Mentions: We trained rats on a previously developed decision task in which subjects accumulate sensory evidence over many hundreds of milliseconds to inform a binary left-right choice (“Poisson Clicks” task, Fig. 1a, Extended Data Fig. 1a–c)10. On each trial, rats kept their nose in a central port during the presentation of two simultaneous trains of randomly-timed auditory clicks, one played from a speaker to their left and the other from a speaker to their right. At the end of the variable-duration stimulus, the rat’s task was to decide which side had played the greater total number of clicks (Fig. 1a). Easy trials had a large mean rate difference between the two click trains (e.g., 39:1 clicks/sec), while difficult trials had a small mean rate difference (e.g., 21:19 clicks/sec). Accumulation of evidence models predict that averaging within a given difficulty class will produce a mean trajectory for the accumulated evidence that gradually ramps over time with a slope proportional to the mean strength of the sensory evidence (Fig. 1b). This type of correlate of evidence accumulation has been reported in several interconnected primate brain regions, including the PPC and frontal eye fields3–5,7,8,11. To examine whether signatures of evidence accumulation are present in the rodent brain, we recorded from 394 neurons in PPC of 4 rats and 397 neurons in FOF of 6 rats while they performed the Poisson Clicks task. These two areas that have been suggested as potential rat homologues of primate PPC and FEF12,13. We recorded all isolatable neurons encountered regardless of response properties. Ninety-three neurons in PPC (23%) and 128 neurons in FOF (32%) exhibited firing rates during the pre-movement period (from stimulus onset to center port withdrawal) that were significantly different (p<0.05) for trials that subsequently ended with a right versus a left choice. This pre-movement side selectivity is consistent with previous findings in both rat PPC14,15 and FOF13. We focus on these pre-movement side-selective neurons because they are most likely to play a role in decision formation.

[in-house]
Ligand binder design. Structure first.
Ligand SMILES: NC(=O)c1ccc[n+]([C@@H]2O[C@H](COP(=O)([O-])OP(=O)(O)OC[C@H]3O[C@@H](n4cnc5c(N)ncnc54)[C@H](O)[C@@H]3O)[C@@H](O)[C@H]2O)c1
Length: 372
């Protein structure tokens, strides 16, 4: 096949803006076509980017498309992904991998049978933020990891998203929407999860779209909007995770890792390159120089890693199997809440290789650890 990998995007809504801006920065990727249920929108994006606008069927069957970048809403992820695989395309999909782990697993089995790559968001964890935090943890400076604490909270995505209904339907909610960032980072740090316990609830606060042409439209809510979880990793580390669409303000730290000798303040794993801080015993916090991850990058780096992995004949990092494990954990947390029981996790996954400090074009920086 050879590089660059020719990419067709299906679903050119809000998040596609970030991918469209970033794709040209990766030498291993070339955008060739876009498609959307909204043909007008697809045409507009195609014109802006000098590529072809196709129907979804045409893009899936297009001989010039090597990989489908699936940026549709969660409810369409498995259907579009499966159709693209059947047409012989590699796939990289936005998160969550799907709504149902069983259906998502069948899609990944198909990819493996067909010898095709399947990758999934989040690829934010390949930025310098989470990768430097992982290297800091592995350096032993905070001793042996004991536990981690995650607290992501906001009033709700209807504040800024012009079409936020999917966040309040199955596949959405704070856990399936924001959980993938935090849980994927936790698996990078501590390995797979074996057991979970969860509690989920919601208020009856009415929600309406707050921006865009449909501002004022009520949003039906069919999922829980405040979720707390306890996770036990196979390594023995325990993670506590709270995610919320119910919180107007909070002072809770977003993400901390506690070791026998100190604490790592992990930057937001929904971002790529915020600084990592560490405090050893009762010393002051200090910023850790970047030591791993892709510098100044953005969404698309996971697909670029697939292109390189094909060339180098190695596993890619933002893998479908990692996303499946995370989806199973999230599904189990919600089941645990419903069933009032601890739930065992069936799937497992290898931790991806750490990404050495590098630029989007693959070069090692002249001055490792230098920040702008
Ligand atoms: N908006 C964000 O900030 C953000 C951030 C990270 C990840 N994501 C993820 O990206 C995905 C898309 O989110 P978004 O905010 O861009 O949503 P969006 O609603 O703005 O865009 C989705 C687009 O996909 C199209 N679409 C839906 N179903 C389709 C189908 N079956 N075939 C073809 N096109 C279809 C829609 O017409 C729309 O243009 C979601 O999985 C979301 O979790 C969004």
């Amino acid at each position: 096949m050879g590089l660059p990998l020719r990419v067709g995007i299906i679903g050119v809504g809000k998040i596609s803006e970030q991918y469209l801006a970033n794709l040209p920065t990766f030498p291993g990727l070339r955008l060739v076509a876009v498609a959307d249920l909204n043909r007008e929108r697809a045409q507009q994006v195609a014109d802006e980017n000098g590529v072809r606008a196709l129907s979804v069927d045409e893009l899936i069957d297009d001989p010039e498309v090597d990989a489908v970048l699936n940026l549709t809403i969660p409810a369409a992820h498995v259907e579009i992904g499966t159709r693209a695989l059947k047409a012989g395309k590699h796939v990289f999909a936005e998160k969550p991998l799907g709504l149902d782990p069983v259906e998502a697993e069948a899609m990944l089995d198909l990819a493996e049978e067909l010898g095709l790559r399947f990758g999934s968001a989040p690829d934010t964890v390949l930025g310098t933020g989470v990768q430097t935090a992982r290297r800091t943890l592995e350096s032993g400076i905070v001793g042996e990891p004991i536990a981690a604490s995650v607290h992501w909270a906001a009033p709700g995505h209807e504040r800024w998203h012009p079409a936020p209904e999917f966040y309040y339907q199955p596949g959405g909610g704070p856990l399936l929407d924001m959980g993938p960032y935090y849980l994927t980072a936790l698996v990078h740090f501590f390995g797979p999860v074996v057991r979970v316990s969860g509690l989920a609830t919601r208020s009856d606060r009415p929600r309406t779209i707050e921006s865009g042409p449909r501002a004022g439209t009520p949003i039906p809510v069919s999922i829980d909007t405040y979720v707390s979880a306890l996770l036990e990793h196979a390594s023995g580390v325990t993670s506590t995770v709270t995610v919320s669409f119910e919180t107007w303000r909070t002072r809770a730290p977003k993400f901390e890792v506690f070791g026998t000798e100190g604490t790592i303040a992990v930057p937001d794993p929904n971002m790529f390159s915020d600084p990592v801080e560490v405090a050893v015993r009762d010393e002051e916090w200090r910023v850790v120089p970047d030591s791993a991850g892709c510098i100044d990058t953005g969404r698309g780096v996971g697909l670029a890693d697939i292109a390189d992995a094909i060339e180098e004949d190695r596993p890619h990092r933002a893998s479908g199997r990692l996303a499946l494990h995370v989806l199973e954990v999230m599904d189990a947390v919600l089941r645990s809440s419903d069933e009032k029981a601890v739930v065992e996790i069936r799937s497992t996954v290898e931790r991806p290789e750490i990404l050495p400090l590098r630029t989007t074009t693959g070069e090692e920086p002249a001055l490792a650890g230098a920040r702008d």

Bottom Line: Gradual accumulation of evidence is thought to be fundamental for decision-making, and its neural correlates have been found in several brain regions.Classical analyses uncovered correlates of accumulating evidence, similar to previous observations in primates and also similar across the two regions.Our results place important constraints on the circuit logic of brain regions involved in decision-making.

View Article: PubMed Central - PubMed

Affiliation: 1] Princeton Neuroscience Institute, Princeton University, Princeton, New Jersey 08544, USA [2] Department of Molecular Biology, Princeton University, Princeton, New Jersey 08544, USA.

ABSTRACT
Gradual accumulation of evidence is thought to be fundamental for decision-making, and its neural correlates have been found in several brain regions. Here we develop a generalizable method to measure tuning curves that specify the relationship between neural responses and mentally accumulated evidence, and apply it to distinguish the encoding of decision variables in posterior parietal cortex and prefrontal cortex (frontal orienting fields, FOF). We recorded the firing rates of neurons in posterior parietal cortex and FOF from rats performing a perceptual decision-making task. Classical analyses uncovered correlates of accumulating evidence, similar to previous observations in primates and also similar across the two regions. However, tuning curve assays revealed that while the posterior parietal cortex encodes a graded value of the accumulating evidence, the FOF has a more categorical encoding that indicates, throughout the trial, the decision provisionally favoured by the evidence accumulated so far. Contrary to current views, this suggests that premotor activity in the frontal cortex does not have a role in the accumulation process, but instead has a more categorical function, such as transforming accumulated evidence into a discrete choice. To probe causally the role of FOF activity, we optogenetically silenced it during different time points of the trial. Consistent with a role in committing to a categorical choice at the end of the evidence accumulation process, but not consistent with a role during the accumulation itself, a behavioural effect was observed only when FOF silencing occurred at the end of the perceptual stimulus. Our results place important constraints on the circuit logic of brain regions involved in decision-making.

Show MeSH
Related in: MedlinePlus